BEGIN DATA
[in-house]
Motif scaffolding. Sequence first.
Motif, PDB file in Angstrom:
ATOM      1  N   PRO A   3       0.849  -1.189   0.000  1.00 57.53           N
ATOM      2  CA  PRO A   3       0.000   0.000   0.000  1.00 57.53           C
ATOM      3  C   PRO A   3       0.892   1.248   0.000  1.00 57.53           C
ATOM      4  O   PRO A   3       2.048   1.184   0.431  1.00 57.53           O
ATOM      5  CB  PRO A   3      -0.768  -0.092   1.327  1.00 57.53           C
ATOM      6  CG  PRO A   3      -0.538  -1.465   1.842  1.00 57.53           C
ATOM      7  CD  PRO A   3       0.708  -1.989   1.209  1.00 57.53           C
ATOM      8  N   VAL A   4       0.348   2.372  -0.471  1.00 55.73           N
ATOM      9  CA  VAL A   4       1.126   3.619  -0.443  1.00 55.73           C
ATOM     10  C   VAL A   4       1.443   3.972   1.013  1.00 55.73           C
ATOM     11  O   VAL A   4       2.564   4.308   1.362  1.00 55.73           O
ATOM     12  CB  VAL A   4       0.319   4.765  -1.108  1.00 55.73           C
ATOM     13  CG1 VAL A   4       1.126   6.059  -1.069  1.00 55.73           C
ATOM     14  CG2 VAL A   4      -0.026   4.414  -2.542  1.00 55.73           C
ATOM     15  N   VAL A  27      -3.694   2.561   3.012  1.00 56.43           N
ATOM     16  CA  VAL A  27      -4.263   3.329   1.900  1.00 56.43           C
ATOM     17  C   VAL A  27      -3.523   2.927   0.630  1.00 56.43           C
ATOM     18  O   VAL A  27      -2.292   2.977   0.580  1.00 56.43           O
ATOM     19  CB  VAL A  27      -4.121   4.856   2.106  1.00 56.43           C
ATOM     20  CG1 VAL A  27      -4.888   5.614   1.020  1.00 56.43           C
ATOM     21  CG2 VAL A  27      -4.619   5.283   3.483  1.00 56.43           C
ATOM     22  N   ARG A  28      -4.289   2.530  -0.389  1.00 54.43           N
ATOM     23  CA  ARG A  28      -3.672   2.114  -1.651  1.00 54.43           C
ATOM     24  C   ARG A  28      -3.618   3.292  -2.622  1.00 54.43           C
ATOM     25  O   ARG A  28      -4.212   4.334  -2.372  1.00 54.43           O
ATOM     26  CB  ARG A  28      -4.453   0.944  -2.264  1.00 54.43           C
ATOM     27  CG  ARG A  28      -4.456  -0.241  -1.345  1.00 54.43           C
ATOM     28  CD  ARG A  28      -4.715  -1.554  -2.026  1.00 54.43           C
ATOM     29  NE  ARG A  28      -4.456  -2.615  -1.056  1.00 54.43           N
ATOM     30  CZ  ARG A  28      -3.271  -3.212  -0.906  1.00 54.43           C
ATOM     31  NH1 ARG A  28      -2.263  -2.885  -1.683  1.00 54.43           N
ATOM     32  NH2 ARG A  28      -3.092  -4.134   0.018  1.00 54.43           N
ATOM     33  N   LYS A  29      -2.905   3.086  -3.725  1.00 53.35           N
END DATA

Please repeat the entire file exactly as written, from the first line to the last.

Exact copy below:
[in-house]
Motif scaffolding. Sequence first.
Motif, PDB file in Angstrom:
ATOM      1  N   PRO A   3       0.849  -1.189   0.000  1.00 57.53           N
ATOM      2  CA  PRO A   3       0.000   0.000   0.000  1.00 57.53           C
ATOM      3  C   PRO A   3       0.892   1.248   0.000  1.00 57.53           C
ATOM      4  O   PRO A   3       2.048   1.184   0.431  1.00 57.53           O
ATOM      5  CB  PRO A   3      -0.768  -0.092   1.327  1.00 57.53           C
ATOM      6  CG  PRO A   3      -0.538  -1.465   1.842  1.00 57.53           C
ATOM      7  CD  PRO A   3       0.708  -1.989   1.209  1.00 57.53           C
ATOM      8  N   VAL A   4       0.348   2.372  -0.471  1.00 55.73           N
ATOM      9  CA  VAL A   4       1.126   3.619  -0.443  1.00 55.73           C
ATOM     10  C   VAL A   4       1.443   3.972   1.013  1.00 55.73           C
ATOM     11  O   VAL A   4       2.564   4.308   1.362  1.00 55.73           O
ATOM     12  CB  VAL A   4       0.319   4.765  -1.108  1.00 55.73           C
ATOM     13  CG1 VAL A   4       1.126   6.059  -1.069  1.00 55.73           C
ATOM     14  CG2 VAL A   4      -0.026   4.414  -2.542  1.00 55.73           C
ATOM     15  N   VAL A  27      -3.694   2.561   3.012  1.00 56.43           N
ATOM     16  CA  VAL A  27      -4.263   3.329   1.900  1.00 56.43           C
ATOM     17  C   VAL A  27      -3.523   2.927   0.630  1.00 56.43           C
ATOM     18  O   VAL A  27      -2.292   2.977   0.580  1.00 56.43           O
ATOM     19  CB  VAL A  27      -4.121   4.856   2.106  1.00 56.43           C
ATOM     20  CG1 VAL A  27      -4.888   5.614   1.020  1.00 56.43           C
ATOM     21  CG2 VAL A  27      -4.619   5.283   3.483  1.00 56.43           C
ATOM     22  N   ARG A  28      -4.289   2.530  -0.389  1.00 54.43           N
ATOM     23  CA  ARG A  28      -3.672   2.114  -1.651  1.00 54.43           C
ATOM     24  C   ARG A  28      -3.618   3.292  -2.622  1.00 54.43           C
ATOM     25  O   ARG A  28      -4.212   4.334  -2.372  1.00 54.43           O
ATOM     26  CB  ARG A  28      -4.453   0.944  -2.264  1.00 54.43           C
ATOM     27  CG  ARG A  28      -4.456  -0.241  -1.345  1.00 54.43           C
ATOM     28  CD  ARG A  28      -4.715  -1.554  -2.026  1.00 54.43           C
ATOM     29  NE  ARG A  28      -4.456  -2.615  -1.056  1.00 54.43           N
ATOM     30  CZ  ARG A  28      -3.271  -3.212  -0.906  1.00 54.43           C
ATOM     31  NH1 ARG A  28      -2.263  -2.885  -1.683  1.00 54.43           N
ATOM     32  NH2 ARG A  28      -3.092  -4.134   0.018  1.00 54.43           N
ATOM     33  N   LYS A  29      -2.905   3.086  -3.725  1.00 53.35           N